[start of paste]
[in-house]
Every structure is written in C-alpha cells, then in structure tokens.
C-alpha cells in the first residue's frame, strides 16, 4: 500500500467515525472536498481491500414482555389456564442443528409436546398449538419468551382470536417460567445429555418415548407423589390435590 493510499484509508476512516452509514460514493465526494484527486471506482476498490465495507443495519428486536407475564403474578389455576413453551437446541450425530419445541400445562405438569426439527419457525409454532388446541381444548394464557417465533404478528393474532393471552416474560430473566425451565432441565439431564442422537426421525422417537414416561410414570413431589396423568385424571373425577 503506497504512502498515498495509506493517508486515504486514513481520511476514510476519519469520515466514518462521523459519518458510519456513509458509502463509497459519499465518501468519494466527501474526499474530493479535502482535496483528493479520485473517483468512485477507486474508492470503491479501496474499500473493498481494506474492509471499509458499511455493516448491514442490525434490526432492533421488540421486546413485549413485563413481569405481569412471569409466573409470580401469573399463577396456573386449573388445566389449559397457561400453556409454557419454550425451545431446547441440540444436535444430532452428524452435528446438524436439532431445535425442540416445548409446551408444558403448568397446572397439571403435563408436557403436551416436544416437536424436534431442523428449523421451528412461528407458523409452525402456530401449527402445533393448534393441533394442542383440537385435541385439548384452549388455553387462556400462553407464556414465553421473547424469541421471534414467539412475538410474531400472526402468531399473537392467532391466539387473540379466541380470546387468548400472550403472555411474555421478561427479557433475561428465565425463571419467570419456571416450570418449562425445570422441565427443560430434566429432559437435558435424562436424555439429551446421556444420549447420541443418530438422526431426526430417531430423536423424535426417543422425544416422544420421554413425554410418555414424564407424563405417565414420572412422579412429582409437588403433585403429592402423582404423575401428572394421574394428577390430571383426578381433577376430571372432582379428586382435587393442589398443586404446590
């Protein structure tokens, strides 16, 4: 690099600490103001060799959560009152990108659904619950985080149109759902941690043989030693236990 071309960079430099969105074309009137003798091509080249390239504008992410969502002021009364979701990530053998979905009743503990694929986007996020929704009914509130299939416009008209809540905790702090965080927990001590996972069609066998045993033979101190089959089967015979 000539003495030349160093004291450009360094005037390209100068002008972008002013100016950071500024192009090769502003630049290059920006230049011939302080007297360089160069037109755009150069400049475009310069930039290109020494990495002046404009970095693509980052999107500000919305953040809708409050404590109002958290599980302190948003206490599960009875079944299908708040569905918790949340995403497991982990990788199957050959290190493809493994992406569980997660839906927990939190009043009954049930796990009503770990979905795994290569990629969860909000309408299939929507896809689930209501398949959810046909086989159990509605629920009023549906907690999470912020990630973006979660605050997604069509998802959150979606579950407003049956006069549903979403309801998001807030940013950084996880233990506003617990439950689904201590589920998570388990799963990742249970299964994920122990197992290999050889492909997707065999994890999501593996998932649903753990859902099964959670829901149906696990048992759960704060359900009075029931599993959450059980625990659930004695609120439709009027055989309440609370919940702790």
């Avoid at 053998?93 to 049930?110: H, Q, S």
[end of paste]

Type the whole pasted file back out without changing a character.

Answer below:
[in-house]
Every structure is written in C-alpha cells, then in structure tokens.
C-alpha cells in the first residue's frame, strides 16, 4: 500500500467515525472536498481491500414482555389456564442443528409436546398449538419468551382470536417460567445429555418415548407423589390435590 493510499484509508476512516452509514460514493465526494484527486471506482476498490465495507443495519428486536407475564403474578389455576413453551437446541450425530419445541400445562405438569426439527419457525409454532388446541381444548394464557417465533404478528393474532393471552416474560430473566425451565432441565439431564442422537426421525422417537414416561410414570413431589396423568385424571373425577 503506497504512502498515498495509506493517508486515504486514513481520511476514510476519519469520515466514518462521523459519518458510519456513509458509502463509497459519499465518501468519494466527501474526499474530493479535502482535496483528493479520485473517483468512485477507486474508492470503491479501496474499500473493498481494506474492509471499509458499511455493516448491514442490525434490526432492533421488540421486546413485549413485563413481569405481569412471569409466573409470580401469573399463577396456573386449573388445566389449559397457561400453556409454557419454550425451545431446547441440540444436535444430532452428524452435528446438524436439532431445535425442540416445548409446551408444558403448568397446572397439571403435563408436557403436551416436544416437536424436534431442523428449523421451528412461528407458523409452525402456530401449527402445533393448534393441533394442542383440537385435541385439548384452549388455553387462556400462553407464556414465553421473547424469541421471534414467539412475538410474531400472526402468531399473537392467532391466539387473540379466541380470546387468548400472550403472555411474555421478561427479557433475561428465565425463571419467570419456571416450570418449562425445570422441565427443560430434566429432559437435558435424562436424555439429551446421556444420549447420541443418530438422526431426526430417531430423536423424535426417543422425544416422544420421554413425554410418555414424564407424563405417565414420572412422579412429582409437588403433585403429592402423582404423575401428572394421574394428577390430571383426578381433577376430571372432582379428586382435587393442589398443586404446590
């Protein structure tokens, strides 16, 4: 690099600490103001060799959560009152990108659904619950985080149109759902941690043989030693236990 071309960079430099969105074309009137003798091509080249390239504008992410969502002021009364979701990530053998979905009743503990694929986007996020929704009914509130299939416009008209809540905790702090965080927990001590996972069609066998045993033979101190089959089967015979 000539003495030349160093004291450009360094005037390209100068002008972008002013100016950071500024192009090769502003630049290059920006230049011939302080007297360089160069037109755009150069400049475009310069930039290109020494990495002046404009970095693509980052999107500000919305953040809708409050404590109002958290599980302190948003206490599960009875079944299908708040569905918790949340995403497991982990990788199957050959290190493809493994992406569980997660839906927990939190009043009954049930796990009503770990979905795994290569990629969860909000309408299939929507896809689930209501398949959810046909086989159990509605629920009023549906907690999470912020990630973006979660605050997604069509998802959150979606579950407003049956006069549903979403309801998001807030940013950084996880233990506003617990439950689904201590589920998570388990799963990742249970299964994920122990197992290999050889492909997707065999994890999501593996998932649903753990859902099964959670829901149906696990048992759960704060359900009075029931599993959450059980625990659930004695609120439709009027055989309440609370919940702790």
């Avoid at 053998?93 to 049930?110: H, Q, S």